Top 5 things to see in Truro Cathedral

Those of us lucky enough to live in Cornwall all year round appreciate the vast array of things on our doorstep to do and see. From beautiful beaches and surf lessons, to tropical gardens and places of historical interest – if you’re visiting Cornwall on a time-limited holiday there’s just so much to try and cram in! That’s why we’ve created this – our ‘top 5 must-see things if you’re short on time’ guide to the cathedral – we hope it helps!

The Baptistry
This beautifully ornate part of the cathedral is dedicated to Anglican Priest Henry Martyn, a miner’s son and missionary from Truro, and includes a set of windows depicting his life. The font is made of red Breccia marble from North Africa and green Serpentine rock from the Lizard. The counterweight font cover is carved from Oak. The baptistry’s design speaks to its place at the beginning of life as a Christian: the leaf motifs at the base of the pillars, and intricately decorated vaulting and floor, make it appear as if it is bursting into life. Another example of this stunning mosaic flooring can be seen in the Chancel area. An Italian craftsman, Antonio Bertolucci, travelled to Truro from Lucca, Italy, to help lay it. He fell in love with local girl Eliza Ward, settled here, raised 5 children and was well known locally for his delicious ice cream.

The Foundation Stones
Truro Cathedral unusually has two foundation stones, laid by Prince Albert Edward, then the Duke of Cornwall  (and later King Edward VII). The first stone laid on 20 May 1880 was witnessed only by a small, select group due to limited space – it can be seen from outside, in the North East corner (at the back of the cathedral). The second stone was laid the same day in a then open grass area, where the Nave was eventually to be built. It was witnessed by thousands. At the time the building of the cathedral started, there was not enough money to fund the whole build. The laying of the second stone, a granite base to a pillar (different to the other pillars as the stone had to withstand years of exposure to the elements) symbolised the faith and belief that enough money would be raised to complete the work. You can find the foundation pillar on the south side of the Nave, noticeably different due to the grey colour of the stone.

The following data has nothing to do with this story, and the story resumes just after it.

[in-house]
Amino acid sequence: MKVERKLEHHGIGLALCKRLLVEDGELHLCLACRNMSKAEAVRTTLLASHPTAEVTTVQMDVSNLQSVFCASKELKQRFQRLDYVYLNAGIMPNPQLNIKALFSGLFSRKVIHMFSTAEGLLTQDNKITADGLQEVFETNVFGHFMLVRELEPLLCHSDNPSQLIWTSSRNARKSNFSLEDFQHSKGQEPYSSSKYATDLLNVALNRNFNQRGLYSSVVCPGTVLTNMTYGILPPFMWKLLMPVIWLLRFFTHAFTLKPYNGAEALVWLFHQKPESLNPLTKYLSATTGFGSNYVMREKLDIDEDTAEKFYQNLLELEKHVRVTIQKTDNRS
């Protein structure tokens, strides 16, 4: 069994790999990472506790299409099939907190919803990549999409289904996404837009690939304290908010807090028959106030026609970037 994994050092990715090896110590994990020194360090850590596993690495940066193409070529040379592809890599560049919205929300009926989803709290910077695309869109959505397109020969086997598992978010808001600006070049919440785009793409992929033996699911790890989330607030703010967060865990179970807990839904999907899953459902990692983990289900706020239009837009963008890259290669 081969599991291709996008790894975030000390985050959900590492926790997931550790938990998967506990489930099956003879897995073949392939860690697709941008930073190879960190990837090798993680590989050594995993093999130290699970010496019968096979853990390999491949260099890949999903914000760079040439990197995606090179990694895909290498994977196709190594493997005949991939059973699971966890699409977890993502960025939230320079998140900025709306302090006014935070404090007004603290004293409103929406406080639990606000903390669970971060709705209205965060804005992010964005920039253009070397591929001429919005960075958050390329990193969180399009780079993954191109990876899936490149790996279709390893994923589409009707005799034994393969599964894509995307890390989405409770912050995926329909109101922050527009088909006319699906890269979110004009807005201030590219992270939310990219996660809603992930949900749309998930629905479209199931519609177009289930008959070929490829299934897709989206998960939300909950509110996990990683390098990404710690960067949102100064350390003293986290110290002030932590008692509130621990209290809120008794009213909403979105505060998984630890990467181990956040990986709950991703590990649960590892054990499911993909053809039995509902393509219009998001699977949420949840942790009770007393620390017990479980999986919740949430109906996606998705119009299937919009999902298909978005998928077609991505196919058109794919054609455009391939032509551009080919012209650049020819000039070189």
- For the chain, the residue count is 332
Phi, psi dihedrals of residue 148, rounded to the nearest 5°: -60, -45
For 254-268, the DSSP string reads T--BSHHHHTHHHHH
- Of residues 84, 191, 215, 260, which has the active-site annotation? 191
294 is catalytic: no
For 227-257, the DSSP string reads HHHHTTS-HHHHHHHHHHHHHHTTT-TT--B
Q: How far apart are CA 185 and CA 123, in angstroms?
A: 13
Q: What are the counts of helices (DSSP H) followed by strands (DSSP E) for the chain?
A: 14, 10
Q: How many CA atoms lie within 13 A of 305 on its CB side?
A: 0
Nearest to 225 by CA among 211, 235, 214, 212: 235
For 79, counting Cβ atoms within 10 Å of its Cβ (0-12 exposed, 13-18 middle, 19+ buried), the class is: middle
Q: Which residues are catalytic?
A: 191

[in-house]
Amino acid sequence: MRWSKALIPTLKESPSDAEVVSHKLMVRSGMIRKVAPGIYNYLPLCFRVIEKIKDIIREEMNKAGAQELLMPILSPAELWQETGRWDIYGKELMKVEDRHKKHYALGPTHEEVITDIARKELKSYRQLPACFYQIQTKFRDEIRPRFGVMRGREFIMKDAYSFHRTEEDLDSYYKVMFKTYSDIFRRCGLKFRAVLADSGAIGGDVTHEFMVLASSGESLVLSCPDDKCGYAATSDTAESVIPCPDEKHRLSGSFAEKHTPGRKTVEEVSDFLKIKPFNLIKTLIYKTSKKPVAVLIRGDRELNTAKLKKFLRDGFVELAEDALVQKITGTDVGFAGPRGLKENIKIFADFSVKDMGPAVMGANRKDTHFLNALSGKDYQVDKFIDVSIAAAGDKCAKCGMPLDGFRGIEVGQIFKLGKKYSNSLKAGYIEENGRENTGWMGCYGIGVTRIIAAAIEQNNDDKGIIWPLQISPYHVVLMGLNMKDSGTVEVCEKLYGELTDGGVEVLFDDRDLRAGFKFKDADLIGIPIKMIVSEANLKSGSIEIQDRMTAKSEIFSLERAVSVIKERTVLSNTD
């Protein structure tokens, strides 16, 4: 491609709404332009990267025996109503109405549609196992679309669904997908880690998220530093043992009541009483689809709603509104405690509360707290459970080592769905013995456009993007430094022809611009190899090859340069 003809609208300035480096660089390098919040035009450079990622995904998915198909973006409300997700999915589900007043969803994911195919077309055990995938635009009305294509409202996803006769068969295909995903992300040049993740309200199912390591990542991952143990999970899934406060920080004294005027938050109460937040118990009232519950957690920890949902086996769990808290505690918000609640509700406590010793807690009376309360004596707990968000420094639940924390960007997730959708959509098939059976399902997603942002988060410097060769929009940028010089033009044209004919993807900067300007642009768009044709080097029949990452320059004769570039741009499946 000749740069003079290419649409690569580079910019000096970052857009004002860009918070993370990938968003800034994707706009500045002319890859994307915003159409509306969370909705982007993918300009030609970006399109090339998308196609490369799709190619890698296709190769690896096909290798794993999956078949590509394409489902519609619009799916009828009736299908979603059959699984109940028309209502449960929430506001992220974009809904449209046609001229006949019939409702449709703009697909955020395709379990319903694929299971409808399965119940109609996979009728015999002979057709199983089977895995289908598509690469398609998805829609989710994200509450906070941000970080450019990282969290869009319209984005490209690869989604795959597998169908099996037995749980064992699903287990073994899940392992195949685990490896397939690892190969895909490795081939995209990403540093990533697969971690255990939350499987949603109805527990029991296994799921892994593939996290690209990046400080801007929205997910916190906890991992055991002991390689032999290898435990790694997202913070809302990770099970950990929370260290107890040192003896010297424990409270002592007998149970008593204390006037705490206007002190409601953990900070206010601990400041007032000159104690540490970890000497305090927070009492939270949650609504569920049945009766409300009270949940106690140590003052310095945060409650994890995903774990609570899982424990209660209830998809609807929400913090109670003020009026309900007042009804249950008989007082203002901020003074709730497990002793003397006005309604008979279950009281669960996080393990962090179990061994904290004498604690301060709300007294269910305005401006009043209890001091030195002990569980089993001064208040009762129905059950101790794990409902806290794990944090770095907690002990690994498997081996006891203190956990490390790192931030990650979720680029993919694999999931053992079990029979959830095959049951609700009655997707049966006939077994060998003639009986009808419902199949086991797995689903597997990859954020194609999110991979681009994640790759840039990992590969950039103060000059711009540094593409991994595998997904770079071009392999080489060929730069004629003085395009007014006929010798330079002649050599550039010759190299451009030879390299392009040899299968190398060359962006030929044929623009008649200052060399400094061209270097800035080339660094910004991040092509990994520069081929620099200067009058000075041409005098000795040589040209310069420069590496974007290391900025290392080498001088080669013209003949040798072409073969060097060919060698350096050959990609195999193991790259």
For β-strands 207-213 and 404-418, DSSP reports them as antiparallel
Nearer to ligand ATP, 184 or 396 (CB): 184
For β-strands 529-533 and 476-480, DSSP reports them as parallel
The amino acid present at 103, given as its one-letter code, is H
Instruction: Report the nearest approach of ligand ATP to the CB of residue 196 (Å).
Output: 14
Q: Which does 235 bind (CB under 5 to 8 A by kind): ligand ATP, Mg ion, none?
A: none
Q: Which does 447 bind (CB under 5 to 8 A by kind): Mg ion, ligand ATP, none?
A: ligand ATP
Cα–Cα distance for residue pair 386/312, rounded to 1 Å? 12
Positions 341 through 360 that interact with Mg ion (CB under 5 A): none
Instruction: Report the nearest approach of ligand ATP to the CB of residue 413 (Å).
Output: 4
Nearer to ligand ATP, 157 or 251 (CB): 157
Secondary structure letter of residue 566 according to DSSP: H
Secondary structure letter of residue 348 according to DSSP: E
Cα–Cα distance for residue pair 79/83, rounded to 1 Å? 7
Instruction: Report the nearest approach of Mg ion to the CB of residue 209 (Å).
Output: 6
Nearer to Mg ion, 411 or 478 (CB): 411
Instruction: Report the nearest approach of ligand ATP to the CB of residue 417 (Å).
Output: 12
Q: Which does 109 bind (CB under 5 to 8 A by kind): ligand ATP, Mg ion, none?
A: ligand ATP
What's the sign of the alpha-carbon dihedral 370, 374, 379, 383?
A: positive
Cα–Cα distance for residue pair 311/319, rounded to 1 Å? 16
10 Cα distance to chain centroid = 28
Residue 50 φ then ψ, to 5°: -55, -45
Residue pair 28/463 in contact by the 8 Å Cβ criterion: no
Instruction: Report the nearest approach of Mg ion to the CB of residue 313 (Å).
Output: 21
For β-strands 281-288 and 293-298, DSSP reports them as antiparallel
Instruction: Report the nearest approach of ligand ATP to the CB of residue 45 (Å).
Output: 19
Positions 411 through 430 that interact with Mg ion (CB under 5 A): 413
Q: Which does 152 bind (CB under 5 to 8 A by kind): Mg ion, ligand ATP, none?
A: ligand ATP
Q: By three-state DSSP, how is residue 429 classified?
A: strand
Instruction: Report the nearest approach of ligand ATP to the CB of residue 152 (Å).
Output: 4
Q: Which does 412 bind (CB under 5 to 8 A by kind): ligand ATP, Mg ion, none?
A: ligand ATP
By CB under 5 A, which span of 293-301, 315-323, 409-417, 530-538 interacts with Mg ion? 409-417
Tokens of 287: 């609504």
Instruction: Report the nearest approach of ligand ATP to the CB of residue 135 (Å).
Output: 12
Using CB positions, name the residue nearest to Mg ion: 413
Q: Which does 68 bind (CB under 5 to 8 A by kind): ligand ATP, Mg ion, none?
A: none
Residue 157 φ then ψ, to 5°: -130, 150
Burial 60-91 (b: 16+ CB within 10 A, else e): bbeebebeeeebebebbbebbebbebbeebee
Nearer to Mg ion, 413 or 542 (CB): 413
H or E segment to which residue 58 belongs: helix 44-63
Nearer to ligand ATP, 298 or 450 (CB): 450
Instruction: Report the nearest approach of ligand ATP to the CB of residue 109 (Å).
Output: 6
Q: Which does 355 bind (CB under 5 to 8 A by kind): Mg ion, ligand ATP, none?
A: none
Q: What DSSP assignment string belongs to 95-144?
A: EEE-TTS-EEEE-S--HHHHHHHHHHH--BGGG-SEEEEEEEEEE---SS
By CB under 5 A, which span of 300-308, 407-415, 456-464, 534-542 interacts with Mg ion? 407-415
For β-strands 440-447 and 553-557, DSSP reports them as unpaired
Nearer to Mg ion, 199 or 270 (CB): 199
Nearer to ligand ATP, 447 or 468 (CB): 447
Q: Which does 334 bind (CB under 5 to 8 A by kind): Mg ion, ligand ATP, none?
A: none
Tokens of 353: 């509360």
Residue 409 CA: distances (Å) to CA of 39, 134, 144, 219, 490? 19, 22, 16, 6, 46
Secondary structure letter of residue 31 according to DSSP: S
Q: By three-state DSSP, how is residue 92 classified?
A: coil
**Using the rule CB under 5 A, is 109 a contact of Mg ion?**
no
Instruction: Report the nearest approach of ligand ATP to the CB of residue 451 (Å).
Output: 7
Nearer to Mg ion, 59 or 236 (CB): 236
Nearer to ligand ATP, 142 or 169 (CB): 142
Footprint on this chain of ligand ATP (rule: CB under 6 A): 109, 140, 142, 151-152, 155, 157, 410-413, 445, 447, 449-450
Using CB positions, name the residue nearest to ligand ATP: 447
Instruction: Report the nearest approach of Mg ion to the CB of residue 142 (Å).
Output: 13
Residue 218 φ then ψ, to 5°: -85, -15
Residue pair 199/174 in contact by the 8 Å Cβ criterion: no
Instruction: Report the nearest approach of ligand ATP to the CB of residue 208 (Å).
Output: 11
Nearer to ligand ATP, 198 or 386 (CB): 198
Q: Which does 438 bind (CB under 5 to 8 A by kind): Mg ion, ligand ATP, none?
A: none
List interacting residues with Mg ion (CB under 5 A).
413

The Windows
The cathedral’s stained glass is perhaps its crowning glory. It was the largest stained glass project ever executed and has some of the finest Victorian stained glass in the country. It was produced by the leading company of the time: Clayton and Bell. The scheme has three big themes: The Trinity, Biblical stories and the history of the English church. Alongside these are three lesser themes: Cornwall, baptism and St Mary’s Aisle. The most spectacular are the three great rose windows, which represent the Trinity.

The Finn Cross
The Finn Cross, a modern bronze sculpture made by artist Michael Finn, was permanently installed in St Monica’s Chapel in September 2018. The Finn Cross stands about eighteen inches high; but, enhanced by the glass plinth upon which it sits (made by students at Falmouth University), the cross contains a beauty, power and mystery that defies any sense of scale.

The Green Man
You will encounter the Green Man (a figure surrounded by foliage, often with leaves spilling from his mouth) in many of Britain’s cathedrals and churches. Including ours – if you look closely, you’ll find him in the southern sanctuary screen of the High Altar Reredos carvings.

If you’ve still time, there’s lots more to see and do. Our mini-guide books, which are available to purchase either at the main entrance or in the shop, provide an overview of all the key elements. If you’re visiting Monday-Thursday, you can join one of our 11am free guided tours to learn more – and for younger visitors, you can pick up our free trails. You can enjoy a browse in our fantastic shop, stocked with a range of souvenirs and gifts and our cathedral restaurant is a great place to stop for lunch, or just a coffee and cake. We hope you enjoy your visit and come back to see us again soon. In the meantime, follow us on Facebook and Twitter to stay up to date with all our latest news.